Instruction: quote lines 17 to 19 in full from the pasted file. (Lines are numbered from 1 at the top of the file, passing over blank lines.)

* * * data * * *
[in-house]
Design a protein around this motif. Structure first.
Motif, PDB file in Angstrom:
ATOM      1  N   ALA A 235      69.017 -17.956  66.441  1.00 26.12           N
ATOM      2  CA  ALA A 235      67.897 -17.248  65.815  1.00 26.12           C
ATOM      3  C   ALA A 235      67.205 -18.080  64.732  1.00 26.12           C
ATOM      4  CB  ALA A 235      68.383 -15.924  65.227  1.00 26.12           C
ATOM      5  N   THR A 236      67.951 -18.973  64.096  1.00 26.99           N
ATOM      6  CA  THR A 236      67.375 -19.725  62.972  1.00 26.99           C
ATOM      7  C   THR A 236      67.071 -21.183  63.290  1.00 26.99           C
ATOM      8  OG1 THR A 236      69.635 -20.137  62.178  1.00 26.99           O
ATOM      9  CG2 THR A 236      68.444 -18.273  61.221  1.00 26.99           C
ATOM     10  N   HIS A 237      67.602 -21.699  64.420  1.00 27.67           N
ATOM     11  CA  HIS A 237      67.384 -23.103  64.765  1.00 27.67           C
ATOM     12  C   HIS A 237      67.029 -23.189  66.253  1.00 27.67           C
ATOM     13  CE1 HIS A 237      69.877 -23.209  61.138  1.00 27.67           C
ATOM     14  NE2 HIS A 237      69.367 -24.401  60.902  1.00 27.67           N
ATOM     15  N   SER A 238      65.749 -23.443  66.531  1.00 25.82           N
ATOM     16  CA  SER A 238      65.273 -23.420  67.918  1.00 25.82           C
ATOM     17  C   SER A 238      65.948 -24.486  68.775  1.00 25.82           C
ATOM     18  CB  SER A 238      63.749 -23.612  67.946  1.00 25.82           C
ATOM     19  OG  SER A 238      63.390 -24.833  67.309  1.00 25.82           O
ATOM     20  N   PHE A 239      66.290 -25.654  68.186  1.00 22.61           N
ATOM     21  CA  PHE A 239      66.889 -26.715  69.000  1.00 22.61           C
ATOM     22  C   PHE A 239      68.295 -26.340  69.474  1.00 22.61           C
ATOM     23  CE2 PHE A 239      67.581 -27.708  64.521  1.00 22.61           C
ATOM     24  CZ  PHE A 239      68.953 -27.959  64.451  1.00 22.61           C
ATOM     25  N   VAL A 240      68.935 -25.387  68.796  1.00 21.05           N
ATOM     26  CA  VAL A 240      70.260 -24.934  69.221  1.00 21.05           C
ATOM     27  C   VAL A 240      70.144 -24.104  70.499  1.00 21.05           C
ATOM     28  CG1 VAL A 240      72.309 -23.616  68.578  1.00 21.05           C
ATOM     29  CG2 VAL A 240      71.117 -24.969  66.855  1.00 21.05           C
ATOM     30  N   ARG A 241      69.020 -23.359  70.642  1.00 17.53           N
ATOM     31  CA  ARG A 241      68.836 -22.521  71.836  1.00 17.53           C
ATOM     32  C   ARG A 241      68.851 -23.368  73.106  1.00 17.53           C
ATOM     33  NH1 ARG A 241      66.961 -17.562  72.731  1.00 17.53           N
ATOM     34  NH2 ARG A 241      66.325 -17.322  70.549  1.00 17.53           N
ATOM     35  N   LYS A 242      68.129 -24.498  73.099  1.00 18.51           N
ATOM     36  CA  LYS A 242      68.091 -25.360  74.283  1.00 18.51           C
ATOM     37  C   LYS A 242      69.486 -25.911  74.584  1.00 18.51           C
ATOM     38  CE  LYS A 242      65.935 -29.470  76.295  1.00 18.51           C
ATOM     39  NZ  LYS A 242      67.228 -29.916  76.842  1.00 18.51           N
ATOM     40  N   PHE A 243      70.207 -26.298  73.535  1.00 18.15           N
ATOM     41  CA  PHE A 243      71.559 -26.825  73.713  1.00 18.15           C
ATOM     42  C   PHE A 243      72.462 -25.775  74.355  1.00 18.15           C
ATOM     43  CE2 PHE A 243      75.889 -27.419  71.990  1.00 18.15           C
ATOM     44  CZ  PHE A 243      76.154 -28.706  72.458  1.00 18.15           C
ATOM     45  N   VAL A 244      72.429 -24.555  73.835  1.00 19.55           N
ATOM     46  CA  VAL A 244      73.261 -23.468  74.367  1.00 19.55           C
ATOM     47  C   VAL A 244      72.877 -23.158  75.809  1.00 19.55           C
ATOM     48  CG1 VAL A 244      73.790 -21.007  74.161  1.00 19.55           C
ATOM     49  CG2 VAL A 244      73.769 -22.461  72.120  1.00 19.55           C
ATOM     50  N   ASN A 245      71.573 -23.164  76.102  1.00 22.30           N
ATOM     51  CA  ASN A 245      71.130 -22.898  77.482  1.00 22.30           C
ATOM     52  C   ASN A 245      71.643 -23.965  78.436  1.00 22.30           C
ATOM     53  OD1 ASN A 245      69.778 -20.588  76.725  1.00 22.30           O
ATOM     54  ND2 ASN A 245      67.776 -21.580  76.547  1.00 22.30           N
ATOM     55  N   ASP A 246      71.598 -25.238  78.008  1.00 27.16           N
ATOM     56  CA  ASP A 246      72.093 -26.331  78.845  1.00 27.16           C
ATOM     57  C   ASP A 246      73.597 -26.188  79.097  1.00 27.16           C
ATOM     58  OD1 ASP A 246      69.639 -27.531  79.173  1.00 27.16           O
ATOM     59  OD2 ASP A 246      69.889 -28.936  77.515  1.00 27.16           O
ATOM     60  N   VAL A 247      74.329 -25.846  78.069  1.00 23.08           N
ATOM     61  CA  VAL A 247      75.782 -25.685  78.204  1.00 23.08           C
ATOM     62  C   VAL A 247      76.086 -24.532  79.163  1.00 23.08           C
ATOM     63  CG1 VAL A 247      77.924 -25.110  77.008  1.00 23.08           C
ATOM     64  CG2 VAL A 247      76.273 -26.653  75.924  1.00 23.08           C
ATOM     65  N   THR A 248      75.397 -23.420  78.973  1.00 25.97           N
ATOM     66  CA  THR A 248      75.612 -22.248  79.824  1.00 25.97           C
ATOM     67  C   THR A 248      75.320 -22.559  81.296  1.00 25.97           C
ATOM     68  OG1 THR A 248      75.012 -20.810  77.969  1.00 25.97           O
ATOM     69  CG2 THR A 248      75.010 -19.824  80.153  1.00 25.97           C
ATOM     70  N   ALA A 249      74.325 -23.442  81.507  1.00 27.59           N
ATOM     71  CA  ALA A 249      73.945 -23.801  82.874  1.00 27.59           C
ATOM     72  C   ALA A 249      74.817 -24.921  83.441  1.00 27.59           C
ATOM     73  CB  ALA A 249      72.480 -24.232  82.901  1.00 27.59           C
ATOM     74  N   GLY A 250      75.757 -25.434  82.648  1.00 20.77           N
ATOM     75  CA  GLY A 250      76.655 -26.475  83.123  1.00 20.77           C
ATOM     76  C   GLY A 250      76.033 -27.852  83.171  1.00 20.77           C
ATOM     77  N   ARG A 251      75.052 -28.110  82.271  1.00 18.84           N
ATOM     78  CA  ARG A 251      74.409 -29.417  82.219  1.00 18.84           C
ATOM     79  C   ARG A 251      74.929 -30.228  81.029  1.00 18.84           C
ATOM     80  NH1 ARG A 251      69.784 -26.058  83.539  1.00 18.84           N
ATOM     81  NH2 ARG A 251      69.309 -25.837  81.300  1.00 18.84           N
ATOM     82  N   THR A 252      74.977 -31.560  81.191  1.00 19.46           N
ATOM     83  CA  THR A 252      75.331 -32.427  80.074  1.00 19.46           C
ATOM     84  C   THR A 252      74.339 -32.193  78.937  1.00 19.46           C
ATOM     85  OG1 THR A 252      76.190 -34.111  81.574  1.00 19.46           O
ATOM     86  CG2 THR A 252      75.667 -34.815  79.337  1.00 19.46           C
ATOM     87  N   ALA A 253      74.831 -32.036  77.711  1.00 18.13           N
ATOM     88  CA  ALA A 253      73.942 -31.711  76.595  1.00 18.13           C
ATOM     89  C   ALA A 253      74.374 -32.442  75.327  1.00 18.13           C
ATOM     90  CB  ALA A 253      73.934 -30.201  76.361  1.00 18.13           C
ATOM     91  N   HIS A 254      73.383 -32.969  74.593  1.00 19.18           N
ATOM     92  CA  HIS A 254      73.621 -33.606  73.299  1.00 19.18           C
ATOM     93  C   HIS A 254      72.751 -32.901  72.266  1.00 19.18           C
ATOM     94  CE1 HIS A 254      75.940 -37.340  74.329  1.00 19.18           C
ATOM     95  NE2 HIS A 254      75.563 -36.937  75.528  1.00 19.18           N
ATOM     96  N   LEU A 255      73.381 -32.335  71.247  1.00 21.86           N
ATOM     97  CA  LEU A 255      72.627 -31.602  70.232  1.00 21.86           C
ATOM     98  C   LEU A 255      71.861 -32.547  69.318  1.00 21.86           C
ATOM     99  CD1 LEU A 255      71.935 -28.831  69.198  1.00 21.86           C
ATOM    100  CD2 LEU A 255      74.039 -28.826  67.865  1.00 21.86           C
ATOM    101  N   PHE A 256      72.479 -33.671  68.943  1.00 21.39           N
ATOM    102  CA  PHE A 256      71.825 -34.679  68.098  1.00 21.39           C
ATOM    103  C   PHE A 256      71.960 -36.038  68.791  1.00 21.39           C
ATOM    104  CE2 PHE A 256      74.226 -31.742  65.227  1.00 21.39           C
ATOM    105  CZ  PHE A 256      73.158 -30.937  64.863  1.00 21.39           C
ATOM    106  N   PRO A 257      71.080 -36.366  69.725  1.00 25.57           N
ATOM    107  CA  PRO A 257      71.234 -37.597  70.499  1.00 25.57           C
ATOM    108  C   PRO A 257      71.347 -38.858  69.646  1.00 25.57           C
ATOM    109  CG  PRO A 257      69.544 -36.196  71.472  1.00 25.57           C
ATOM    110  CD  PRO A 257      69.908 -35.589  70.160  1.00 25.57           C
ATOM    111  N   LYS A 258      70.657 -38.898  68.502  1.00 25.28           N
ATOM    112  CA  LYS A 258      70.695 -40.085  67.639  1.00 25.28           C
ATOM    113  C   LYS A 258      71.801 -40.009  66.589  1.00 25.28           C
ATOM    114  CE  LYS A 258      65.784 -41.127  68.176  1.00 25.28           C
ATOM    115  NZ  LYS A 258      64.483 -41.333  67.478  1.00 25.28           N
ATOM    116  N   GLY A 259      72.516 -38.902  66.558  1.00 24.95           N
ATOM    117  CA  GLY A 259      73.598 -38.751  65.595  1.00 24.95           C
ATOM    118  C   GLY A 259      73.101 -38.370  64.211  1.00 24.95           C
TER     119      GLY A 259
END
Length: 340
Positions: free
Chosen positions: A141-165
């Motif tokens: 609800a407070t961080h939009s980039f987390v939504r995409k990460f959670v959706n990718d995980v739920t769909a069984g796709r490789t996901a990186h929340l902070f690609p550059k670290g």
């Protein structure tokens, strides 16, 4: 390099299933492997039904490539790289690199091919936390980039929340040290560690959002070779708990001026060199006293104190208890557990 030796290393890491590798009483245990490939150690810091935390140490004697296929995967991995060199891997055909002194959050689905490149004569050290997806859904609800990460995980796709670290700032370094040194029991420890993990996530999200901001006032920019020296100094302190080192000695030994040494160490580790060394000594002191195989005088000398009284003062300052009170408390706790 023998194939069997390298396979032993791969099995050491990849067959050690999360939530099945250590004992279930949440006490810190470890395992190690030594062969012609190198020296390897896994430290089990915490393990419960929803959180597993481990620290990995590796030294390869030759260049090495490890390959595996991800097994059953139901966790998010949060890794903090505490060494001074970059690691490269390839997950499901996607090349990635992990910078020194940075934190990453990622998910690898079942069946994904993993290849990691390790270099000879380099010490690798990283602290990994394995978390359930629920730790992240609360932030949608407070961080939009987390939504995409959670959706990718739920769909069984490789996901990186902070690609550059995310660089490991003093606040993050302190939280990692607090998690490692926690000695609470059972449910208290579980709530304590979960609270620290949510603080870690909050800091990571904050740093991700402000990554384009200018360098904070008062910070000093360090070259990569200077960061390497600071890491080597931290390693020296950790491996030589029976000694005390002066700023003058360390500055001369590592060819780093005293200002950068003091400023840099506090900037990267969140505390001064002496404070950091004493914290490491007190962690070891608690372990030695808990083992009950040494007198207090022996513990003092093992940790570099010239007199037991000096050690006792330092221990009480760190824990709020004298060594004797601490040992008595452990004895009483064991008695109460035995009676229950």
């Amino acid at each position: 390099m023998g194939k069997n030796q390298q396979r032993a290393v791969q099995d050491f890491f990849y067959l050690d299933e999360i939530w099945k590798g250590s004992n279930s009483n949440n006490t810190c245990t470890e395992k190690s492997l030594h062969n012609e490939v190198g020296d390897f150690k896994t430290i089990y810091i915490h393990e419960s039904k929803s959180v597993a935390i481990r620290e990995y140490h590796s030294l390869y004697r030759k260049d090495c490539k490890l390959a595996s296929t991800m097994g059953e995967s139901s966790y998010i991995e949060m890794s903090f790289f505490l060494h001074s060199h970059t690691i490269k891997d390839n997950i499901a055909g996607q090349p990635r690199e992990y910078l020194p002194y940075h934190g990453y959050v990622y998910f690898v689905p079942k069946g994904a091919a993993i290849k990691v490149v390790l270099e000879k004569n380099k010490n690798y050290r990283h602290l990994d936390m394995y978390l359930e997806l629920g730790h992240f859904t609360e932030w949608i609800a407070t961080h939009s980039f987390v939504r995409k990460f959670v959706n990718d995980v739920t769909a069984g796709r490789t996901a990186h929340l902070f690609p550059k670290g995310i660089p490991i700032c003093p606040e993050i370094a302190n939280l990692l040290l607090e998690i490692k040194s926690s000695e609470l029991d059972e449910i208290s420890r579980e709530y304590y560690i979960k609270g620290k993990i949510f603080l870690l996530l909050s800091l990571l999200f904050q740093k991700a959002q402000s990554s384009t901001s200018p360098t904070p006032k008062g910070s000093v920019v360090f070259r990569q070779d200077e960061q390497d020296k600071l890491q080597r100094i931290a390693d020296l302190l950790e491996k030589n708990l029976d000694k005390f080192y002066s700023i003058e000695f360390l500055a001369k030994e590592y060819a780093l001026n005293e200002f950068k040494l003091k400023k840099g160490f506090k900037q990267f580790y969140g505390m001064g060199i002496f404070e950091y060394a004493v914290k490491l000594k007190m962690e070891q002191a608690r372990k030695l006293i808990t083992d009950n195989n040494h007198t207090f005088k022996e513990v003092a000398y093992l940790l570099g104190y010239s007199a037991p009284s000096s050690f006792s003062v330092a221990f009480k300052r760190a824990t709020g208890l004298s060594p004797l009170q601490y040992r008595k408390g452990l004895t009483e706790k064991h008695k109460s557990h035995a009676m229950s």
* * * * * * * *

ATOM     14  NE2 HIS A 237      69.367 -24.401  60.902  1.00 27.67           N
ATOM     15  N   SER A 238      65.749 -23.443  66.531  1.00 25.82           N
ATOM     16  CA  SER A 238      65.273 -23.420  67.918  1.00 25.82           C